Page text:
For those who don’t know you Matt can you please introduce yourself.
My name is Matt Milosavljevic, I’m a Melbourne, Australia based web designer and developer. I’ve been building things online for the last 10 years, most notably I co-founded two companies – BugHerd & UsabilityHub.
UsabilityHub was born from FiveSecondTest, can you tell us how you came up with the idea?
FivesecondTest came about after reading “Designing the Obvious” by Robert Hoekman Jr. In it Robert explained that five second tests were great for measuring the clarity of a design, but trick to set up because they required a large group of participants in the same place at the same time.
Making user testing available online seemed like a great way to solve that problem and a friend and I put together a quick prototype and sent it off to Robert. He ended up loving it so much that he used it to conduct a live usability study with the audience at the An Event Apart conference and things kind of took off from there. Over the years we’ve added other tests to the platform and the ability to order dedicated testers and we eventually turned the service into usabilityhub.com
We recommend Usability Hub to our students but can you tell us your favourite parts of your platform?
My favourite aspect of UsabilityHub is how fast and easy it is to get results. You can quickly sketch up a design on paper, take a photo and get 20 people giving you feedback on it in just a few minutes. It works particularly well in an educational setting as you can set up and run a user testing study, and be analysing your results in the span of a single class period.
What type of projects benefit most from your system and why?
The typical use case on usabilityhub.com is testing interface designs. More and more of the interactions we make during any given day are done via a user interface so it makes sense that those are most commonly tested but people also use the platform to iterate on logos and advertising material. We even had a customer use five second and click tests to iterate on a book cover design.
User testing – You invite people to become testers, can you tell us more about how our trainees could get involved?
Yes, we invite people to sign up as testers and anyone can do so here. Participating in user testing allows you to get insights into the kinds of things people are testing and measuring and allows you to earn money as well.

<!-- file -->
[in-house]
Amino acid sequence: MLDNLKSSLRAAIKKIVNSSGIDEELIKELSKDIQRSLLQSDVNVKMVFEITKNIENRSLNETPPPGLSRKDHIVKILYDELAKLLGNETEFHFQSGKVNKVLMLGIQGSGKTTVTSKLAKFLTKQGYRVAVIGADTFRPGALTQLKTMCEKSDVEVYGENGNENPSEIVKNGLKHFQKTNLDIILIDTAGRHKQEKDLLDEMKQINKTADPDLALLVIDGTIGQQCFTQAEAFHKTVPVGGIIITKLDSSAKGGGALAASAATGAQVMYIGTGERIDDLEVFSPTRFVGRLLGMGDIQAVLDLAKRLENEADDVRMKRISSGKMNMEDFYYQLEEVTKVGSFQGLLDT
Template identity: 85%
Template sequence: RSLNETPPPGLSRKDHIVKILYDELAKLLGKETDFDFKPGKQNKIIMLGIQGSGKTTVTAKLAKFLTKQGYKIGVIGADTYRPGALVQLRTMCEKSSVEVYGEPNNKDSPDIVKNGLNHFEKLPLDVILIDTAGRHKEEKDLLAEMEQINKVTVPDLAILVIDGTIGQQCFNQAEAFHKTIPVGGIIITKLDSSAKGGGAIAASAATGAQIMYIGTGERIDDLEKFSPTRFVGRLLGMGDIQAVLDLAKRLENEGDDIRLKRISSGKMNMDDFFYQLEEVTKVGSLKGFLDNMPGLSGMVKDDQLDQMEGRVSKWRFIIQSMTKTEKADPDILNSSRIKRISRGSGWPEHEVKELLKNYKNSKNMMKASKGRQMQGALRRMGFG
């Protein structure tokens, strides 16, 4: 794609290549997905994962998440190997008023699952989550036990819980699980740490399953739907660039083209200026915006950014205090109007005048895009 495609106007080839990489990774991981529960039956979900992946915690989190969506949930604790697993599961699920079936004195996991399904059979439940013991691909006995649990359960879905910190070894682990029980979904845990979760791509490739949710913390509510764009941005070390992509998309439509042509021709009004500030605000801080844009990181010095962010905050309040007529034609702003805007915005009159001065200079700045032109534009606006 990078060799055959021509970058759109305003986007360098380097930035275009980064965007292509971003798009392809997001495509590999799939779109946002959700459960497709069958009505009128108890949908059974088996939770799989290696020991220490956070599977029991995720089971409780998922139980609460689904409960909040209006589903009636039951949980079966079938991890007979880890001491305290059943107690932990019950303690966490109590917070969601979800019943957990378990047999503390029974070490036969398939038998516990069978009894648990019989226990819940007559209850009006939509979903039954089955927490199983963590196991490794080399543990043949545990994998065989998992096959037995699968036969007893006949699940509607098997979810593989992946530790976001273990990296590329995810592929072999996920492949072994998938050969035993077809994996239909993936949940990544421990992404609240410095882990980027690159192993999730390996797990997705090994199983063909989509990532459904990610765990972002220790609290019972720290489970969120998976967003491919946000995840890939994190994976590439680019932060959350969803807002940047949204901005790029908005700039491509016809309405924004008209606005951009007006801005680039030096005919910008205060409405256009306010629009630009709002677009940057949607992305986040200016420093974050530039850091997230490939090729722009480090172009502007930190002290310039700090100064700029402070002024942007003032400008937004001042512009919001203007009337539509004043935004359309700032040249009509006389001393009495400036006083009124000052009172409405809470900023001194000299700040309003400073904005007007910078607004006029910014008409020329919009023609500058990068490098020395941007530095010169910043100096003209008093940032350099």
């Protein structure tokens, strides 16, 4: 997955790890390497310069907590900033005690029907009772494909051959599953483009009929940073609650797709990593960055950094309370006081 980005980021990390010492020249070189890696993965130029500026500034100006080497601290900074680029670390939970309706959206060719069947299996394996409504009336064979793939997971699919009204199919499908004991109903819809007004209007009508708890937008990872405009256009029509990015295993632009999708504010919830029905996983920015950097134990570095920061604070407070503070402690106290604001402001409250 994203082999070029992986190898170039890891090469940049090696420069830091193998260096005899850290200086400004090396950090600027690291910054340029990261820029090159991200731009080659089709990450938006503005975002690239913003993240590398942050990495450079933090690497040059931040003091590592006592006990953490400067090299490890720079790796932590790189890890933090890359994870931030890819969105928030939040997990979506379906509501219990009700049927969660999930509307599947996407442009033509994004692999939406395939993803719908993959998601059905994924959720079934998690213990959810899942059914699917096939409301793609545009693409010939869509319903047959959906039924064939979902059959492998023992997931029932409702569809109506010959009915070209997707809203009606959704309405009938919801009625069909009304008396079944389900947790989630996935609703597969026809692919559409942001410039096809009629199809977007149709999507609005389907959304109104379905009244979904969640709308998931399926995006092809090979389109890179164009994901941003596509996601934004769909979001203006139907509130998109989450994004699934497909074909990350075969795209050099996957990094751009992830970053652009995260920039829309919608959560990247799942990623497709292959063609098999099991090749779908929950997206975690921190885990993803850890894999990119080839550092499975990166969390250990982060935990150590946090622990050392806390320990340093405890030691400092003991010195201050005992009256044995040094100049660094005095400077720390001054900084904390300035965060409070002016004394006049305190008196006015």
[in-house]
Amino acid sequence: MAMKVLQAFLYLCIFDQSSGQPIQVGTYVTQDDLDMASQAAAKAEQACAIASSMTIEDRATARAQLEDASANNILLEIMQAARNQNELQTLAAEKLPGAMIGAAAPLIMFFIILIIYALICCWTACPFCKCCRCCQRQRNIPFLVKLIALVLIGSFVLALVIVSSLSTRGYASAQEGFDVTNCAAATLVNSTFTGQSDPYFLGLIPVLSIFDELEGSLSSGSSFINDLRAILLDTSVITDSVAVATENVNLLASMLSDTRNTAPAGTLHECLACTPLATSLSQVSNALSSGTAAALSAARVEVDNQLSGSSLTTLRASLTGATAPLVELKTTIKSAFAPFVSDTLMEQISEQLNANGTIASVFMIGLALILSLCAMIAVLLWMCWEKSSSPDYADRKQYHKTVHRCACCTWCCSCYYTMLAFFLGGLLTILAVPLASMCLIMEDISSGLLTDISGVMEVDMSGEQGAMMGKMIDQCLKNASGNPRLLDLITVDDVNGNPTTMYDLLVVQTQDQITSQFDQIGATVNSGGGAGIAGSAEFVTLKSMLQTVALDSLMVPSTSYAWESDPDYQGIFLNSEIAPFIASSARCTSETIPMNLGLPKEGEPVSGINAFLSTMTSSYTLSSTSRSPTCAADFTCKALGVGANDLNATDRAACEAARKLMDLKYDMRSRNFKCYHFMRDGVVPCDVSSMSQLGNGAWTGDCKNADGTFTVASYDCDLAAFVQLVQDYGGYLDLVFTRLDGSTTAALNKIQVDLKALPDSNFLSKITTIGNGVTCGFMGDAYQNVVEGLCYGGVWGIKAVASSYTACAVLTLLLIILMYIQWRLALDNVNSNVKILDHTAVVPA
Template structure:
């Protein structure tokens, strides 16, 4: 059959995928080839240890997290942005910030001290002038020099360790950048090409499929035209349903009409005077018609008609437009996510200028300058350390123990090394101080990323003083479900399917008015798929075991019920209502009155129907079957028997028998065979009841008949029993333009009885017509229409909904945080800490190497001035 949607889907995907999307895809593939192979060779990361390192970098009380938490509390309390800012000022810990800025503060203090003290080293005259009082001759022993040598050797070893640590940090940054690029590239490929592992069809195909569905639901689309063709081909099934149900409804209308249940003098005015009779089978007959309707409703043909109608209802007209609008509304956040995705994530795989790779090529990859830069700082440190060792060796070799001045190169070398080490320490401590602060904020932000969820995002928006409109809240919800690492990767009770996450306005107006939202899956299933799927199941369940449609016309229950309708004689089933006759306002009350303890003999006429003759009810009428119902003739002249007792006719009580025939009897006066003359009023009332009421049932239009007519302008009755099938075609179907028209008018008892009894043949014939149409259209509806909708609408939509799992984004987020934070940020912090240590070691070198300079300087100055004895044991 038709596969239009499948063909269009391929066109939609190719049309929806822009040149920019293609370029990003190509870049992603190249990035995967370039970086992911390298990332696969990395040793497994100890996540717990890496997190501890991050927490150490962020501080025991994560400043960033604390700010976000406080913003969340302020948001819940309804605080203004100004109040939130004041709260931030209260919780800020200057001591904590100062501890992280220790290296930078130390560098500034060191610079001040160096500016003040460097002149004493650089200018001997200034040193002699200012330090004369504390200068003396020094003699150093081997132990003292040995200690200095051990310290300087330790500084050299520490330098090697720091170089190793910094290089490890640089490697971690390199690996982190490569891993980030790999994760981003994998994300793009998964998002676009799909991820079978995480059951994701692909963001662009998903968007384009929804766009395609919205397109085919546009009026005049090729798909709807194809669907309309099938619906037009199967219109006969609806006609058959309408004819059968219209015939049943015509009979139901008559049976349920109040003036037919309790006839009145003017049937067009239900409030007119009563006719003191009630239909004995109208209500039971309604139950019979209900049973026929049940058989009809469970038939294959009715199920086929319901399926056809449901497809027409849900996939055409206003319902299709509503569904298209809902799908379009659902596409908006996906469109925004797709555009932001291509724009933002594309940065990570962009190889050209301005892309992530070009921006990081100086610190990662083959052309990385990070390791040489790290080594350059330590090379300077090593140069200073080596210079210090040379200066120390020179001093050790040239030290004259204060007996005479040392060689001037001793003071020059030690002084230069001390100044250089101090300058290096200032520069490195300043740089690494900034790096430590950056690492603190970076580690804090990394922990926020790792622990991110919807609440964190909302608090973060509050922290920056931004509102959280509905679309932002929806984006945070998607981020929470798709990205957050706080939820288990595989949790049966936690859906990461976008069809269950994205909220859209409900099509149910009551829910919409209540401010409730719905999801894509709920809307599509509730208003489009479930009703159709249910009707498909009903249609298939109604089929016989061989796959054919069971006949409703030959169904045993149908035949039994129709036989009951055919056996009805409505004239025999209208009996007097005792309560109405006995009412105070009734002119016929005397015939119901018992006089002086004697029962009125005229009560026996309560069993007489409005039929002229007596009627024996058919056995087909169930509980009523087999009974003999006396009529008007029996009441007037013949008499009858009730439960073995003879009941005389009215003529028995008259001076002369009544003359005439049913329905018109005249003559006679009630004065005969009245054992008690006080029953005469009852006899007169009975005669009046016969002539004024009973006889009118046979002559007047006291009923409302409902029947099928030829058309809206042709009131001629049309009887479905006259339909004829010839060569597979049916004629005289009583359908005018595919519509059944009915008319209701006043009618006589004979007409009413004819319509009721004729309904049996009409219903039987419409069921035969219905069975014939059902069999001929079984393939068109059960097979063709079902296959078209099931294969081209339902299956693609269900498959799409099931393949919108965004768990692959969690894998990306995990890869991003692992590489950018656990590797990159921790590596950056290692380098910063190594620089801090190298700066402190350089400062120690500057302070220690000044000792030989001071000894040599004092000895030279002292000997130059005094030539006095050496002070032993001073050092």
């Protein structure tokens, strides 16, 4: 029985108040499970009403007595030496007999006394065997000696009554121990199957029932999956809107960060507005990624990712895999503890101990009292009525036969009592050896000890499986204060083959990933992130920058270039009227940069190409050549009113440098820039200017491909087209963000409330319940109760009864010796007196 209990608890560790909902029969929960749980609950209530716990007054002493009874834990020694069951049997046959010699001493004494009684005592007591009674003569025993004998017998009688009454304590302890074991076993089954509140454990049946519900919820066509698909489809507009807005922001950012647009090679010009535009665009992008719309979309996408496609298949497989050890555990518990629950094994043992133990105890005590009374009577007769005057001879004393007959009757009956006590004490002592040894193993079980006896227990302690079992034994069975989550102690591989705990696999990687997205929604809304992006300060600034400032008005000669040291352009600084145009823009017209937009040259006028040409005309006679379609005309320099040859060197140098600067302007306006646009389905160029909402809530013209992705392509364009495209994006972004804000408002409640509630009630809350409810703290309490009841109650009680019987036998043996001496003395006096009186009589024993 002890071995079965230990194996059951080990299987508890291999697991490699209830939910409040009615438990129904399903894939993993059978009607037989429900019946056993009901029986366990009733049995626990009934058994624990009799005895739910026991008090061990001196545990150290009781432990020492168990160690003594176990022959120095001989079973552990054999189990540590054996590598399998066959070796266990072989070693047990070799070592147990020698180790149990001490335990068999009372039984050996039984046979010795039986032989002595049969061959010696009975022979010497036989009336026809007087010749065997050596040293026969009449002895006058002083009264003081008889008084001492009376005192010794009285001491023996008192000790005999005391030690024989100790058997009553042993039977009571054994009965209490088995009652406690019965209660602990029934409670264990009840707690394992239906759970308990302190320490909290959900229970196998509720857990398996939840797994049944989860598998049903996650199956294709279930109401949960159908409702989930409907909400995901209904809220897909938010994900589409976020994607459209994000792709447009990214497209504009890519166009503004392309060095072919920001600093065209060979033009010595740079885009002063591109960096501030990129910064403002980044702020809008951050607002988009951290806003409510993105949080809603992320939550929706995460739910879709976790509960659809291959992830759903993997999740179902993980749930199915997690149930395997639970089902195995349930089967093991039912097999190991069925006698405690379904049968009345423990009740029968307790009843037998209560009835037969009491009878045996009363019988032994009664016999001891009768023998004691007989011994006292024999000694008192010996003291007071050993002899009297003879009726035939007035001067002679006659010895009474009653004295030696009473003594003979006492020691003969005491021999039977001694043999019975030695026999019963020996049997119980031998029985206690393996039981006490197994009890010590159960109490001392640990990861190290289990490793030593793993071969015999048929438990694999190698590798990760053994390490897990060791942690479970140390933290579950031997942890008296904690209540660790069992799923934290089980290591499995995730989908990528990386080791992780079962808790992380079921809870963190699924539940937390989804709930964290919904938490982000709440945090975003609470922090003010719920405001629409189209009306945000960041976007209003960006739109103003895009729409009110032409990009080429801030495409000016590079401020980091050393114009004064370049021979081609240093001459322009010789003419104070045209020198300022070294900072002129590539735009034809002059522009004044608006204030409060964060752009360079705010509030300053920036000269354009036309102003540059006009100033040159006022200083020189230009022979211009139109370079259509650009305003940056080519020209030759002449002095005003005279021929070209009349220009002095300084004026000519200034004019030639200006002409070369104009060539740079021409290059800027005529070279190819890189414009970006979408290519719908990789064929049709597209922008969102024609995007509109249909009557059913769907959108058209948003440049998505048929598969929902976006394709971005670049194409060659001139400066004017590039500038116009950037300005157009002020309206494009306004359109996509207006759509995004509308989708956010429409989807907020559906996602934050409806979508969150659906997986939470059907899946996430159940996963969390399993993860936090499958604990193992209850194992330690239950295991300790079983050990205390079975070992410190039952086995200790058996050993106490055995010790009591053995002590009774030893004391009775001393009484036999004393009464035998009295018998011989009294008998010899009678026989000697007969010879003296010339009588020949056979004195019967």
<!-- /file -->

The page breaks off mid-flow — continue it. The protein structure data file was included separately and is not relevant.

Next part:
Do you have any success stories that come to mind from your users?
We have a very large variety of customers and use cases so there’s a lot of great examples to draw on. One that has a potentially large global impact is a study by researchers at Harvard and Columbia using UsabilityHub to measure how people interact with Google search pages and the implications that can have on competing services. You can read more about their findings and how they are being used here.
What is Usability Hub built on? What languages/systems/platforms do you use?
We have a small development team so we like to keep our technology stack simple. We use Ruby as our language of choice and Rails as the underlying framework. Our application is hosted on Heroku and we use Stripe for payments which gives us pretty robust infrastructure to build on while letting us stay focused on our product.
We believe in always learning so what websites/publications do you read to keep your skills toned?
I tend to consume content more geared at design thinking and problem solving these days and I find Medium to be a great for that. Below are some great publications to bookmark:
Dear Design Student – is an advice publication for designers. Answered by designers.
Facebook Design – stories from designers at Facebook offices across the world.
The Year of the Looking Glass – A collection of essays by Julie Zhuo on design, building products, and observing life.
Another great resource that often provides interesting insights into creative thinking is 99% Invisible, which happens to produce my favourite podcast.
Can you give our UX trainees three pieces of advice to help their new careers?
Curiosity and empathy are two skills worth cultivating for a user experience designer. It’s useful to read up on best practices and learn from other people’s experience but ultimately any given audience is going to be unique in some way and the best way to design for their experience is to understand and relate to their perspective. Take the time to engage with the people you’re designing for, send out surveys, get on the phone to talk to them, schedule face to face meetings, get in touch early, get in touch after some time, ask open ended questions, ask constrained ones too and don’t feel afraid to challenge their assumptions from time to time.
Where can people find out more about you and your amazing platform?
We’re at usabilityhub.com and @usabilityhub on Twitter. The service is free to sign up and you can access most of the features and recruit up to 20 of your own testers per test without spending any money.
We’re always available to help and answer any questions and we’re genuinely interested in helping people get the most out of not just our tools but user testing in general so feel free to get in touch 🙂